Don't Worry, Quentin Tarantino Didn't Understand Tenet Either

Christopher Nolan's "Tenet" was big, ambitious, and also kind of confusing. It didn't help that the sound was mixed in such a way that it was difficult to understand what the heck everyone was saying. If you were perplexed by Nolan's time-bending action pic, don't fret – you're in good company. During a recent podcast appearance, Quentin Tarantino revealed that the film confused him and that he would probably be better served by checking it out again. Just call him Quentenet Tenetino! Or don't! Whatever!

We Live in a Twilight World (Where Quentin Tarantino Doesn't Understand Tenet)

Oh, "Tenet," you beautiful tropical fish. Christopher Nolan's most recent movie had a lot of attention because there was a hope that the flick might "save movie theaters" during the pandemic. Unfortunately, that didn't happen, although the film was by no means a flop. But the reaction to "Tenet" was a bit mixed when it arrived, with many criticizing the film's deliberately obtuse plotting and muddy sound mix. I'm a Nolan fan, but I was a little underwhelmed when I first saw the film. However, I've since revisited it at home, with subtitles on, and I've come around to loving it, in a weird way. I don't think it's one of Nolan's best films, but I genuinely enjoy the atmosphere of the thing, and there are several set pieces that are pretty damn great. However, I will still admit that the film is a touch confusing, probably by design. 

During an appearance on the ReelBlend podcast, Quentin Tarantino – who previously named Nolan's "Dunkirk" as his second-favorite film of the 2010s – revealed that he, too, was befuddled by Nolan's creation. "I think I need to see it again," Tarantino said, laughing. Sadly, Tarantino didn't offer much more insight into his thoughts on "Tenet," but it's clear that the film didn't thrill him the same way as Nolan's "Dunkirk."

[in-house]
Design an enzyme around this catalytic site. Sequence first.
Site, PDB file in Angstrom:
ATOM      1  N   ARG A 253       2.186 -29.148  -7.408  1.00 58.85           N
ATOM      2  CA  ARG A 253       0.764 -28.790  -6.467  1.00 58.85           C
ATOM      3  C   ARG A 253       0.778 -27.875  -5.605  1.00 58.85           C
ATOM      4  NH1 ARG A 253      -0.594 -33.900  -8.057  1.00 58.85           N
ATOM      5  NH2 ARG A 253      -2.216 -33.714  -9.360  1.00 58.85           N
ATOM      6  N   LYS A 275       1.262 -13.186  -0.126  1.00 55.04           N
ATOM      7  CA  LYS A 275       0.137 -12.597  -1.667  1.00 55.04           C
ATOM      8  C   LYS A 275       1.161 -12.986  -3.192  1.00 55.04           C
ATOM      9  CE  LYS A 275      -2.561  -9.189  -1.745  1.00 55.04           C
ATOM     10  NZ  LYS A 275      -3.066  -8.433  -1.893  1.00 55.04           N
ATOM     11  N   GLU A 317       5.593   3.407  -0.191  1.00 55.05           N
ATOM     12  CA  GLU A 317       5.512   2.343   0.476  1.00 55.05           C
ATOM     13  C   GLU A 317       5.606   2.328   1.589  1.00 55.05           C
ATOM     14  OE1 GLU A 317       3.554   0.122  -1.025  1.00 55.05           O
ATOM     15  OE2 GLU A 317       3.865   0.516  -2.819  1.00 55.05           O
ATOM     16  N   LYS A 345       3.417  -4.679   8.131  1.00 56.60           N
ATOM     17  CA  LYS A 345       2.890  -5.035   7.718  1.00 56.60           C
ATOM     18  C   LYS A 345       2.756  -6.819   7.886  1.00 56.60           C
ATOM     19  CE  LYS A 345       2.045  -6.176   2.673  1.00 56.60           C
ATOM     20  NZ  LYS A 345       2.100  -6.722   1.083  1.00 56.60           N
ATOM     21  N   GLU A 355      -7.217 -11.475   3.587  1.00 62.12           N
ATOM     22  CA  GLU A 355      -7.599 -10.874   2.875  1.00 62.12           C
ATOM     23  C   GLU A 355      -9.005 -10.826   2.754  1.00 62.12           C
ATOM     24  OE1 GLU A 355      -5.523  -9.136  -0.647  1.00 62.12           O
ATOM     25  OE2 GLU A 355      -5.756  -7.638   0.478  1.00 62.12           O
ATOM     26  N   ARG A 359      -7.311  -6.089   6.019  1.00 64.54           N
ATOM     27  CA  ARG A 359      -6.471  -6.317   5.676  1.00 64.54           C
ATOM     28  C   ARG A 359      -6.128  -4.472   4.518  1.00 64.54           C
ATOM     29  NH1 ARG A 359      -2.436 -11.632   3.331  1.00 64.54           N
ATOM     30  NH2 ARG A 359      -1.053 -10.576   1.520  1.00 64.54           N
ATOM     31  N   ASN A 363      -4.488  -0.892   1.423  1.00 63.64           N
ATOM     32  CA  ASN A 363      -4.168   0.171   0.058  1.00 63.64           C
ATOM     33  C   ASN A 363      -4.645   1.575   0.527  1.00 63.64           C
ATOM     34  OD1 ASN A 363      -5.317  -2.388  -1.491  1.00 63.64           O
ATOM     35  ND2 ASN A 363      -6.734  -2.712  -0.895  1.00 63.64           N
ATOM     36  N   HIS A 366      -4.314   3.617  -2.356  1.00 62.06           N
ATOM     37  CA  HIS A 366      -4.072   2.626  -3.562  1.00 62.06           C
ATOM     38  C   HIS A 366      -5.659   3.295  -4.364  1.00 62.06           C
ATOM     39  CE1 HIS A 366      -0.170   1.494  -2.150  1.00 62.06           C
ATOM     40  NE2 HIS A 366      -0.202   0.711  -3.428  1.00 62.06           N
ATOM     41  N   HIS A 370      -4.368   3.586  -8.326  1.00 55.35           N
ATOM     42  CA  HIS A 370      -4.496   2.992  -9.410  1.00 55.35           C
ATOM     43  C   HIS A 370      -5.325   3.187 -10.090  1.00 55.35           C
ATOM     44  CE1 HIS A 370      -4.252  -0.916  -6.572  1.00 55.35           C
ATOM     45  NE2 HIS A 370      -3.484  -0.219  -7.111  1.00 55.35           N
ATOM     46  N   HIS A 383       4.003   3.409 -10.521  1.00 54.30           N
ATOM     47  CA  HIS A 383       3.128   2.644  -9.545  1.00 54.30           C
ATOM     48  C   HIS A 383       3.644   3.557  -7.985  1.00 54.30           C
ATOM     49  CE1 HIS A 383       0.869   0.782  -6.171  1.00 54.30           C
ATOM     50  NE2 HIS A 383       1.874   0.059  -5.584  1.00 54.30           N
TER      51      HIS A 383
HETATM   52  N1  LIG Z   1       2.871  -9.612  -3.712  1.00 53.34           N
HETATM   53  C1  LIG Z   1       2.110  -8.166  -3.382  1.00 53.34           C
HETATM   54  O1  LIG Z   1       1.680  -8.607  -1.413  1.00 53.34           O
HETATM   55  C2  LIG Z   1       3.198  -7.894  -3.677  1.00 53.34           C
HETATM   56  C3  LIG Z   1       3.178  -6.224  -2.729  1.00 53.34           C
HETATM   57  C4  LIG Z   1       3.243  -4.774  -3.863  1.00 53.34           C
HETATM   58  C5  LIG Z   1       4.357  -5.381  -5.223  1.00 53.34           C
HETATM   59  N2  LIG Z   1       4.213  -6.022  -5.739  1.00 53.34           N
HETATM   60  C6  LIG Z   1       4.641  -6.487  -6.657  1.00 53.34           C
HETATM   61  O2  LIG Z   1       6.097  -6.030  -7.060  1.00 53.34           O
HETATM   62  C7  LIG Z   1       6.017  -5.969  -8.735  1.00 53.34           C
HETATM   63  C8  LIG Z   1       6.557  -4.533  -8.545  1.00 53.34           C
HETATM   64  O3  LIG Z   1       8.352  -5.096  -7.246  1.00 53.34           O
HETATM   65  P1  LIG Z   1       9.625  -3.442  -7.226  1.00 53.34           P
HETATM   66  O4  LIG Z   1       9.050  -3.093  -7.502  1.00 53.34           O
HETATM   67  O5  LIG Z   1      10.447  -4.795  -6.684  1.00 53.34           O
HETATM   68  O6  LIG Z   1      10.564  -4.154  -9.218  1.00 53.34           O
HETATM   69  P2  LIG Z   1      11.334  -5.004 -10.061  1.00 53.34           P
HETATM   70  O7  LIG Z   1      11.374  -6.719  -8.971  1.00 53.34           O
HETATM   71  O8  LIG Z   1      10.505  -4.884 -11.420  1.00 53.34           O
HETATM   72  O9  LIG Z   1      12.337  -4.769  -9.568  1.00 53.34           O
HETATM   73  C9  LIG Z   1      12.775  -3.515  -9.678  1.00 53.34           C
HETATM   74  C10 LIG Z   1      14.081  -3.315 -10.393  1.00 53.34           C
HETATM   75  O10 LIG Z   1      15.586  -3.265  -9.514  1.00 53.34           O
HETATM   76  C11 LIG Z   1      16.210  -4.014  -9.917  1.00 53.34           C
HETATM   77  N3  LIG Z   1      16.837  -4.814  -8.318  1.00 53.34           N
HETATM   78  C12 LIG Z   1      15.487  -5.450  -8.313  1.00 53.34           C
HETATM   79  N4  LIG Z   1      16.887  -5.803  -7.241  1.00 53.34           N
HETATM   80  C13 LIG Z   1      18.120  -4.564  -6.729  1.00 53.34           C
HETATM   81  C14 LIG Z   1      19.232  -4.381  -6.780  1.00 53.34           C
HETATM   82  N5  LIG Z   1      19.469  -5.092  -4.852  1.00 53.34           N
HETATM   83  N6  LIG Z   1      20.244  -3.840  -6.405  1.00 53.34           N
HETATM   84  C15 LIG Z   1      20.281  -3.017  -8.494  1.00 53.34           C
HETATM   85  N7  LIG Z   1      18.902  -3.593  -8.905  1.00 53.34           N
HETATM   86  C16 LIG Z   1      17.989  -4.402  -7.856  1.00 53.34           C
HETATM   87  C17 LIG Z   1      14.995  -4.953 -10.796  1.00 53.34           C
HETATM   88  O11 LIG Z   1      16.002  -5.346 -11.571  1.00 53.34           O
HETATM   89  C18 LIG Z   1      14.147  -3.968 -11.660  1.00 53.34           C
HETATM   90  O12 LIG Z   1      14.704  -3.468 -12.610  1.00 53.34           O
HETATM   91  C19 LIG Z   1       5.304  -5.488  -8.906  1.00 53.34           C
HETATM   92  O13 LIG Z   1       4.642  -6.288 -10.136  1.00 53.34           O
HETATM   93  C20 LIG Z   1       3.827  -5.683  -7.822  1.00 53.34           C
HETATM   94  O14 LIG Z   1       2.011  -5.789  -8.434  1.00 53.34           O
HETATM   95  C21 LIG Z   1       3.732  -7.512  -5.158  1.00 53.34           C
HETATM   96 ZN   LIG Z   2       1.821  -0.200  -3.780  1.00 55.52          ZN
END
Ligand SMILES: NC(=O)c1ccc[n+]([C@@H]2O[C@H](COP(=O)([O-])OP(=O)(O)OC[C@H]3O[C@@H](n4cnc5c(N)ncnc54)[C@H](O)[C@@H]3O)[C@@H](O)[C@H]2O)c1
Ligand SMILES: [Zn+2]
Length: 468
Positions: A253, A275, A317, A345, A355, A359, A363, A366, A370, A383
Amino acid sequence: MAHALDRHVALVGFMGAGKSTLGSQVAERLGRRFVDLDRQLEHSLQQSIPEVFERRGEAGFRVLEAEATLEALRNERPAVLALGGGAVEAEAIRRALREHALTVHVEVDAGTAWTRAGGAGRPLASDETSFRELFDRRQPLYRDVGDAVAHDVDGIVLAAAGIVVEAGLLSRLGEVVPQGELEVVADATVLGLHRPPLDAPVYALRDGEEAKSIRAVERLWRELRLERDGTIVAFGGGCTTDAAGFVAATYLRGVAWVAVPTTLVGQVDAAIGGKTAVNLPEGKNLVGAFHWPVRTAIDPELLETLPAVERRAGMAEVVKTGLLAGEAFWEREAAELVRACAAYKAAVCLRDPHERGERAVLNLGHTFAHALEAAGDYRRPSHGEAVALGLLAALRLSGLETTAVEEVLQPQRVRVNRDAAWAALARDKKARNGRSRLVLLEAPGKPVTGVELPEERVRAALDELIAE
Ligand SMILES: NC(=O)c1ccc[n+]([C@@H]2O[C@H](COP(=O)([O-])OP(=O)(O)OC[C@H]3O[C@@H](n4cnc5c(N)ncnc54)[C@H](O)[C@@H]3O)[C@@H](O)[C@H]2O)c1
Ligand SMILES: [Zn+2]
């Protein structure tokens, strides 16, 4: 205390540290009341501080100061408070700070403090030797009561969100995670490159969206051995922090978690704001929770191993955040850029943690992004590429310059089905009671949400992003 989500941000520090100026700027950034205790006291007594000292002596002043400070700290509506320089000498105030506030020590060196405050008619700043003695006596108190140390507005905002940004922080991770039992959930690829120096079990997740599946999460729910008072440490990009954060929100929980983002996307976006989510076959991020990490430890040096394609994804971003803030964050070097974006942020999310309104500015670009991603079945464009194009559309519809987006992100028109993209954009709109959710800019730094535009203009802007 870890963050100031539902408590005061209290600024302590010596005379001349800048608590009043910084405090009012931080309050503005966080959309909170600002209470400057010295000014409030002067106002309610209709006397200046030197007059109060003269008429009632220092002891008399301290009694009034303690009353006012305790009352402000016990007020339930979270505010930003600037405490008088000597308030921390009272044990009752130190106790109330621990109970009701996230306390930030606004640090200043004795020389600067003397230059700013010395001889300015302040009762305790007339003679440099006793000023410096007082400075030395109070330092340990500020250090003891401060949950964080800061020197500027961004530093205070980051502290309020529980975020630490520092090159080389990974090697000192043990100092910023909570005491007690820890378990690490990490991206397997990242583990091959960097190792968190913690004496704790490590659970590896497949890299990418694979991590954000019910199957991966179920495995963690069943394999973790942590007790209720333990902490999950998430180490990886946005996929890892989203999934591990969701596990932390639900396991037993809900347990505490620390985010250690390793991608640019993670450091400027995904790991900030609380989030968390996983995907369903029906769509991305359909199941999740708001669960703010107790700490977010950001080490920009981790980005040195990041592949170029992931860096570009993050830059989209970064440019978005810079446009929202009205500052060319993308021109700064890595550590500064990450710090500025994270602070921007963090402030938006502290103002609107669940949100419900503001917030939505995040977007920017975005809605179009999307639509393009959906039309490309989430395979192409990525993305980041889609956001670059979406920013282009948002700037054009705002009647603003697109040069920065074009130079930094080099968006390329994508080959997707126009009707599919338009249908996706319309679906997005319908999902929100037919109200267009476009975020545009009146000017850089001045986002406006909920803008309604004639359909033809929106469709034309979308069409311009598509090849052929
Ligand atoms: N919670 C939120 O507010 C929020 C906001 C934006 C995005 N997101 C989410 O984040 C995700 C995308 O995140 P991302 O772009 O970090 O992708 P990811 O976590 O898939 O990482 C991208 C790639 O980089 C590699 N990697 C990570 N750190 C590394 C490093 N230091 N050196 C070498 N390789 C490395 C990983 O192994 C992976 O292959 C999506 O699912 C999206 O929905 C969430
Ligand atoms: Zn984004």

When it comes to "Dunkirk," Tarantino previously said: 

"I liked the movie, but the spectacle almost numbed me to the experience. I don't think I felt anything emotional. I was awed by it. But I didn't know what I was awed by ... it wasn't until the third time that I could see past the spectacle and into the people the story is about. I finally could see through the trees a little bit."

It sounds like multiple views of "Dunkirk" made Tarantino truly appreciate that film, and perhaps the same will be the same for "Tenet." Or not. 

Is Tenet Really That Confusing?

So is "Tenet" really so damn confusing? I honestly think a second viewing would clear a lot of things up for people – it certainly helped me. To be fair, the movie is big, loud, and full of a twisting, bending narrative that involves time travel (or inversion, as everyone calls it in the movie). That sort of set-up is bound to throw folks for a loop, and when you add in the frequently inaudible dialogue, things just get murkier. 

Nolan, to his credit, clearly understood that. So much so that he made sure to have a character in the film say, "Don't try to understand it. Feel it." That may sound like a bit of a cop-out, and perhaps it is. But I also think that philosophy holds true for the film itself. "Tenet" is a movie that doesn't need to be fully comprehended; you just need to sit back and enjoy the spectacle-filled ride Nolan wants to take you on. If that's not your cup of tea, that's perfectly fine. But I do think time will be kind to "Tenet."